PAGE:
There’s something about hotels – the velvety down pillows, fresh bed sheets, pristine wash rooms, and the creme de la creme of lodging privileges, room service, with no obligations to clean up after ourselves. It’s a dream to stay in one, and no less satisfying are the films and performances set in one (case in point: Wes Anderson’s The Grand Budapest Hotel). It thus comes as no surprise that the new Singapore history-inspired production, Wild Rice’s Hotel, carries an instant appeal.
Originally commissioned in 2015 by the Singapore International Festival of Arts, this five-hour play (split into two parts) is back for the fifth instalment of the Singapore Theatre Festival. The masterpiece spans a century of our history, and features a distinct narrative for each decade from 1915 to 2015. From the 1915 Sepoy Mutiny to Singapore’s separation from Malaysia, every event and decade is presented through the lens of characters vast and varied, played by a cast so formidable they won “Best Ensemble” at the M1-The Straits Times Life Theatre Awards 2016.
Directed by Ivan Heng and Glen Goei, Wild Rice’s Hotel is a collaborative effort involving more members than we can count. And its construction is credited just as much to playwrights Marcia Vanderstraaten and Alfian Sa’at as it is to the cast who provided much inspiration during early improvisational workshops.
These theatre wizards (namely Ben Cutler, Brendon Fernandez, Ghafir Akbar, Sharda Harrison, Jo Kukathas, Dwayne Lau, Lee Chee Keng, Moo Siew Keh, Pam Oei, Siti Khalijah Zainal, Julie Wee, Yap Yi Kai, and Lina Yu) are masters of language and accents, switching between each one seamlessly at the drop of a hat. Siew Keh for one performs in an impressive five languages, while Sharda speaks in English, Malay, Tamil, and Japanese. More than that, they’re masters of their emotion, one minute on the verge of tears, and another, conjuring cackles from the crowd.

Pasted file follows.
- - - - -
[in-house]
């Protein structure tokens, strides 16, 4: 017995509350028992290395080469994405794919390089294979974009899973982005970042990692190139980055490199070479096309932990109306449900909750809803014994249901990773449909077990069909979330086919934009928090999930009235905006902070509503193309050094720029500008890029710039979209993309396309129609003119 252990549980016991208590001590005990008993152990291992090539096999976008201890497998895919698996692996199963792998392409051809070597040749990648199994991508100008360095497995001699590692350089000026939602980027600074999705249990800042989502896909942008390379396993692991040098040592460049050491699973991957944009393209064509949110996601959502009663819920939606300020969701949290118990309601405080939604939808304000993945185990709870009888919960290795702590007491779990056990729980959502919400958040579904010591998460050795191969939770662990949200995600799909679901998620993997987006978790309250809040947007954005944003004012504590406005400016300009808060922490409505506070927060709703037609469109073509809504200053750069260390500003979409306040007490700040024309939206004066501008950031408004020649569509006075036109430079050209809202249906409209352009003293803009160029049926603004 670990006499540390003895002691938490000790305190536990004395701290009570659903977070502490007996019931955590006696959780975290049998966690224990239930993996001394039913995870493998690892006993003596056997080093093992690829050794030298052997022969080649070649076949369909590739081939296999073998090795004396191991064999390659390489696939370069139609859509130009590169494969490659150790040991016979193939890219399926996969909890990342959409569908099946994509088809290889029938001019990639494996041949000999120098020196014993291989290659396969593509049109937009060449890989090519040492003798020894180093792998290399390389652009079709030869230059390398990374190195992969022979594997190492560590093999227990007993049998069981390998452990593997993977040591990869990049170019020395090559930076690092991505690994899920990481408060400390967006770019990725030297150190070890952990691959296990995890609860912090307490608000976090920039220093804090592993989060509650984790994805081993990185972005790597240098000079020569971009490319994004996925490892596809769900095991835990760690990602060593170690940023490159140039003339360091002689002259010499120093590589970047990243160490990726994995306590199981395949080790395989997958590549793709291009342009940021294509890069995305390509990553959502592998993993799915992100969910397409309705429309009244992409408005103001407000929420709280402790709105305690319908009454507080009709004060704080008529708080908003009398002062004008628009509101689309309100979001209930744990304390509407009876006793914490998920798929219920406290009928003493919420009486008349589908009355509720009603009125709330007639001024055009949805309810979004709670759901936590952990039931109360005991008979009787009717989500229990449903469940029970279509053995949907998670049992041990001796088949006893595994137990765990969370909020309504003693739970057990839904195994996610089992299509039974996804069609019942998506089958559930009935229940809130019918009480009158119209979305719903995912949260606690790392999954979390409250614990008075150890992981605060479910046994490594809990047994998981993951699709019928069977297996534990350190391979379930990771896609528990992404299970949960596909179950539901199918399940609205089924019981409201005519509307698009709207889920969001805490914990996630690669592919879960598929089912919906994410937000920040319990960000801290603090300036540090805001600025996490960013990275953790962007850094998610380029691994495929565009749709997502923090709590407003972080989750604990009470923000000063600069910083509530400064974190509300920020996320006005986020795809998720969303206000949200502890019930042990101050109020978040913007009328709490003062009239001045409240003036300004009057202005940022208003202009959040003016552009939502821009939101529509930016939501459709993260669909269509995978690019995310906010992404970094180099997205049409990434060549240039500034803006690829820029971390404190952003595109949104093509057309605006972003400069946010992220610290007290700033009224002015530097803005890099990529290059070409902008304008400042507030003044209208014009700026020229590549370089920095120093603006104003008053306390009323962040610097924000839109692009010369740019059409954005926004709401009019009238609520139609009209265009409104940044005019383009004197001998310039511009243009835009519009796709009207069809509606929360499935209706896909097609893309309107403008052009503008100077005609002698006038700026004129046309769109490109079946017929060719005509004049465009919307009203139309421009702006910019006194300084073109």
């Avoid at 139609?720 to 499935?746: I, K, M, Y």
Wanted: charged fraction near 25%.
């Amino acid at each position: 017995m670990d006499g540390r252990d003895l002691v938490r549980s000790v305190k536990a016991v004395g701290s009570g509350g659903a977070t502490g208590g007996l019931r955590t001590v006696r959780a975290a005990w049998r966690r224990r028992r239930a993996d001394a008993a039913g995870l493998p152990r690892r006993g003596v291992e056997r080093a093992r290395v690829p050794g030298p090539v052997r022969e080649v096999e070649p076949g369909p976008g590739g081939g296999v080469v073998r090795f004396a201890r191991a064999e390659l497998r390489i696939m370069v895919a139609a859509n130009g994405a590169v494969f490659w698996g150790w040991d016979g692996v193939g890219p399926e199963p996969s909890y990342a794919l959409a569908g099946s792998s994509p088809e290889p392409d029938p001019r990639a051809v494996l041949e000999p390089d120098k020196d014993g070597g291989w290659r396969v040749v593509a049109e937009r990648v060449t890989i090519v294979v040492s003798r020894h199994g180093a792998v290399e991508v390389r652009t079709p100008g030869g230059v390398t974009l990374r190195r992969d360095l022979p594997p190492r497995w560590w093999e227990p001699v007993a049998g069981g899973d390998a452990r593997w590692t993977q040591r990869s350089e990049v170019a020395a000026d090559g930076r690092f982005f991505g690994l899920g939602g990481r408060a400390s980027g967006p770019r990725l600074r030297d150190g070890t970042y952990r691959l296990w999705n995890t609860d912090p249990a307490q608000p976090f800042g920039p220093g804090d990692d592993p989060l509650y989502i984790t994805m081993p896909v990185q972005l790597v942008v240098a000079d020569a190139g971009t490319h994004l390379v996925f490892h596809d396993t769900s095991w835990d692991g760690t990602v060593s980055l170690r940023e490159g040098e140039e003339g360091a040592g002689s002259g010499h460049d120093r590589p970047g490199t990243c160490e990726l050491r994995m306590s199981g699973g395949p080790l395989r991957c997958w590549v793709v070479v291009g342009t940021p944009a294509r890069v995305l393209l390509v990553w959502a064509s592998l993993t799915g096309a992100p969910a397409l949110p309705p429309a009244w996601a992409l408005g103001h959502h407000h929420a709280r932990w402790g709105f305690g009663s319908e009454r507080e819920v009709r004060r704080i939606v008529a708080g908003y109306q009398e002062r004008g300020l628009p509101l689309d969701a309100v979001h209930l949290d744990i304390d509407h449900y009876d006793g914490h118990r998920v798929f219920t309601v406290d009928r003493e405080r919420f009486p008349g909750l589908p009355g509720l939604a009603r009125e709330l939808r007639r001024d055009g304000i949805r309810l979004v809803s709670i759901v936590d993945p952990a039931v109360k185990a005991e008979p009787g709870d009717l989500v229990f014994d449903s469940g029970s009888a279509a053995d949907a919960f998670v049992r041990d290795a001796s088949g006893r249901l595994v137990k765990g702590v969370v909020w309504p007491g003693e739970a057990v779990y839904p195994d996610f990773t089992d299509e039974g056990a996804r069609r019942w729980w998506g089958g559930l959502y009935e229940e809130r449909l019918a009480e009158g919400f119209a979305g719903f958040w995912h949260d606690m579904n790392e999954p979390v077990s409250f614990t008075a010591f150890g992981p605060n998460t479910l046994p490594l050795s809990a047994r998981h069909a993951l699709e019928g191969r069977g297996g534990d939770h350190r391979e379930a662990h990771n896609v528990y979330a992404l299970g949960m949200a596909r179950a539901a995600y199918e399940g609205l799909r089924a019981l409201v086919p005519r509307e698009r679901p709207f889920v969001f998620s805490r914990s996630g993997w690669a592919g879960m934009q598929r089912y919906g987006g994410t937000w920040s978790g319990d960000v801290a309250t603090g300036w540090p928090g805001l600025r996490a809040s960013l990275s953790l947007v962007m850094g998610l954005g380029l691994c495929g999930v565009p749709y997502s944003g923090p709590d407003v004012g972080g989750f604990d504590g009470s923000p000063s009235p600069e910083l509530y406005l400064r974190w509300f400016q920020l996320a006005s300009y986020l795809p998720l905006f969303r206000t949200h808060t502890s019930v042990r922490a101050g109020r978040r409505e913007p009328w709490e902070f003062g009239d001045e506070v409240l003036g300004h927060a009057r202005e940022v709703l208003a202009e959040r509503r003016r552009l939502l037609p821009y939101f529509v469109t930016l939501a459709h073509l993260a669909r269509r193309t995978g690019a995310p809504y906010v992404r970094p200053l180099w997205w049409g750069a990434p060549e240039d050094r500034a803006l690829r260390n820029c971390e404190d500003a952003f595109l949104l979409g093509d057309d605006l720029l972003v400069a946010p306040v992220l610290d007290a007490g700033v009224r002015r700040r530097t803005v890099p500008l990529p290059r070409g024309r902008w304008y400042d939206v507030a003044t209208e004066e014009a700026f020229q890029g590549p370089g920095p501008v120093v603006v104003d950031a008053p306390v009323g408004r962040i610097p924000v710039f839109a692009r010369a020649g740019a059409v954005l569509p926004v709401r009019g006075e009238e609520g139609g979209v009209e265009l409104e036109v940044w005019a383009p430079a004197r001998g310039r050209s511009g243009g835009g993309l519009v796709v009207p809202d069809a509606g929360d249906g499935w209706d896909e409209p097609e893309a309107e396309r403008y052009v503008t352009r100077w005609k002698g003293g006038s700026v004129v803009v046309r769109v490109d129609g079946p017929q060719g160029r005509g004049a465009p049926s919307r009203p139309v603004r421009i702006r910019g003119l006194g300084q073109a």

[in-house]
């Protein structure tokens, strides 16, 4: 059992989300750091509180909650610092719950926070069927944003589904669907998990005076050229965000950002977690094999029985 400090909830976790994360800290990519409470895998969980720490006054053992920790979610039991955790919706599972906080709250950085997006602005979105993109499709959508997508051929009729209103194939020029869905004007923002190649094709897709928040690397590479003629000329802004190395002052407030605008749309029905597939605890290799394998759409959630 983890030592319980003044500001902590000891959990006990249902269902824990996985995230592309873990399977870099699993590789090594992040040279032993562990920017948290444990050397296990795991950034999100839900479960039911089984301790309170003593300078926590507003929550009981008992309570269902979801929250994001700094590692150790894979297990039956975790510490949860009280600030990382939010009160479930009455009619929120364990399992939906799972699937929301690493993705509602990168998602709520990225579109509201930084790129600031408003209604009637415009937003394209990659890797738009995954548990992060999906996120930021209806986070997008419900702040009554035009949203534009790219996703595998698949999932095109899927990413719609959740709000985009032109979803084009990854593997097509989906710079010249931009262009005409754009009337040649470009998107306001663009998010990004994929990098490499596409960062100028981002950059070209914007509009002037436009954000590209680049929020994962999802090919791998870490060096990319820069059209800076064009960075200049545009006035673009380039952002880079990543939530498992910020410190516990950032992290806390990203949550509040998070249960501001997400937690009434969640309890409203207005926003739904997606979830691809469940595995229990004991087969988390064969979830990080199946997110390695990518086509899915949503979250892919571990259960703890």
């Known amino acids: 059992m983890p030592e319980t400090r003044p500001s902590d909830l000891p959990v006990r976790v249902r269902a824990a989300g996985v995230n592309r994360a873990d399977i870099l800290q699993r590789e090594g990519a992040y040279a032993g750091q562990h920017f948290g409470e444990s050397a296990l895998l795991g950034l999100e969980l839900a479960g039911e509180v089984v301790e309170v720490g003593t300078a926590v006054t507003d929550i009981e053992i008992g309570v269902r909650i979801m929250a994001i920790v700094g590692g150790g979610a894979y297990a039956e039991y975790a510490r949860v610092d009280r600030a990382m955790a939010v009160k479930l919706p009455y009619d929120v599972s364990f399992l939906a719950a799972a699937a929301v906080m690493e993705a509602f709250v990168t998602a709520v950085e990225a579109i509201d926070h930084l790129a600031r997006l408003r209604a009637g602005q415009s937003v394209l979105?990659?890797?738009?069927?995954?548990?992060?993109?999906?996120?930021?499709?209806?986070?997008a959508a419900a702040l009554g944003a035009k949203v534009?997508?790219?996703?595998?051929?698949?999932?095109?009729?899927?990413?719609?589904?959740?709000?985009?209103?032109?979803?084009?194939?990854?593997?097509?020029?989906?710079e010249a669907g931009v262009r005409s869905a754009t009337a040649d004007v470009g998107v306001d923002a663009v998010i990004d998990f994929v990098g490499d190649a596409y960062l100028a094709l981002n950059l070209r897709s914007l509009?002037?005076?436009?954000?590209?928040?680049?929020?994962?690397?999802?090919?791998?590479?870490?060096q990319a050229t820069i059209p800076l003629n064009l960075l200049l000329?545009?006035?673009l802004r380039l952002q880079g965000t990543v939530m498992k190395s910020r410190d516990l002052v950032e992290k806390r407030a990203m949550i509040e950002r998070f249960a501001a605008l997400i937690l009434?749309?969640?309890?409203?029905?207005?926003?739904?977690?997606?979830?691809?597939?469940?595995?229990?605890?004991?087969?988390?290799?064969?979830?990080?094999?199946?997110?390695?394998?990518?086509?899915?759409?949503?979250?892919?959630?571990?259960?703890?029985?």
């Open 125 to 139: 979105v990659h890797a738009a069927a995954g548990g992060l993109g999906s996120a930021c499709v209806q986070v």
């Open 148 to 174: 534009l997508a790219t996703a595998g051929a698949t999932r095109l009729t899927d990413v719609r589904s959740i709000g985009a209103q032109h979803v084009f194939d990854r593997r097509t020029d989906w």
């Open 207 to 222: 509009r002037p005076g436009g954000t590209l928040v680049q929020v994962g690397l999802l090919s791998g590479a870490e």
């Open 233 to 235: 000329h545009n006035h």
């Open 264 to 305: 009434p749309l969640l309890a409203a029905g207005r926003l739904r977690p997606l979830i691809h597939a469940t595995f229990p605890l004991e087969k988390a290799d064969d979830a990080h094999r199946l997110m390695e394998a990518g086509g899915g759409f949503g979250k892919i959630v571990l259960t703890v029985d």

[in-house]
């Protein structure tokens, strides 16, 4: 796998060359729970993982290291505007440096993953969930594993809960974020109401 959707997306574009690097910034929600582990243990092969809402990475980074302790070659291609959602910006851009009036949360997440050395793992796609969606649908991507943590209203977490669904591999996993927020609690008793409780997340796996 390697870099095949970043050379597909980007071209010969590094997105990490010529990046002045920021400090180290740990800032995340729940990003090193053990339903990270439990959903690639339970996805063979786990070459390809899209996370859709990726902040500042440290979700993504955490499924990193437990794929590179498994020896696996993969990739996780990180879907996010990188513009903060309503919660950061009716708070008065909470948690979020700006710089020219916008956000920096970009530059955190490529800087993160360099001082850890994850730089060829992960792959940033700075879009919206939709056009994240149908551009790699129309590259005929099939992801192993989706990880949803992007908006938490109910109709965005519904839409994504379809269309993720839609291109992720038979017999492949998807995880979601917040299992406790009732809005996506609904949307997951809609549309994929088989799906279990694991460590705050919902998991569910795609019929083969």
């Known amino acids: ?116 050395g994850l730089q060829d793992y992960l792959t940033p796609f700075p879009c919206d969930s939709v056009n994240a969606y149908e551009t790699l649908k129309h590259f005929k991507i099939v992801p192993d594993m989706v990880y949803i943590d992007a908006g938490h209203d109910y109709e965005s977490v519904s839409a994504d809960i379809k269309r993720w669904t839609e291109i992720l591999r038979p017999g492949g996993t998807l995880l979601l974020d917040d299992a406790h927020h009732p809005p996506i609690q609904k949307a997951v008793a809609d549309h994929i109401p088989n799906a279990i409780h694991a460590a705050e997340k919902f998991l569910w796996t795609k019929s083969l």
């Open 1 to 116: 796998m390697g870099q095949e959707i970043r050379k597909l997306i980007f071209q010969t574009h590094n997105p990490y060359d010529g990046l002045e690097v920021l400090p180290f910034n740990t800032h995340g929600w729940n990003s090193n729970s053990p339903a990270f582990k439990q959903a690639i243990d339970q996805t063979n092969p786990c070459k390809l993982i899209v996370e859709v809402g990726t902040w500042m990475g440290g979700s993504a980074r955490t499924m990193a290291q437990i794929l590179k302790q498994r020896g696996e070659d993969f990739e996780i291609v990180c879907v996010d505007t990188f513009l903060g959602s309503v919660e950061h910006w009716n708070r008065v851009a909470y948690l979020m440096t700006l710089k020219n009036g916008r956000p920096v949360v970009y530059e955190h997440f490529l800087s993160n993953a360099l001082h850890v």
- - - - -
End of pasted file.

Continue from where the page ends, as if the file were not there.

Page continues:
Like any top-notch hotel, this epic has everything you could want. There’s drama in the unlikely union and heartbreaking separation of a Malay girl and a Japanese soldier. There’s hilarity in the psychedelic episode between an American army veteran and two drag queens from Bugis Street, complete with penis mascots, and a sprightly Lee Kuan Yew coming out of a literal closet. Either way, you’ll need tissues. Exceptionally fearless and outstandingly original, Wild Rice’s Hotel will unquestionably go down in history as a Singapore theatre classic.
If you missed out on this show during last year’s Singapore International Festival of Arts, this is your chance to catch it before it sells out again. Tickets are going fast here.
Date: Now till 26 July 2016
Venue: The Singapore Airlines Theatre, LASALLE College of the Arts
Admission: $110, $130
Photo Credits: W!LD RICE/Albert Lim KS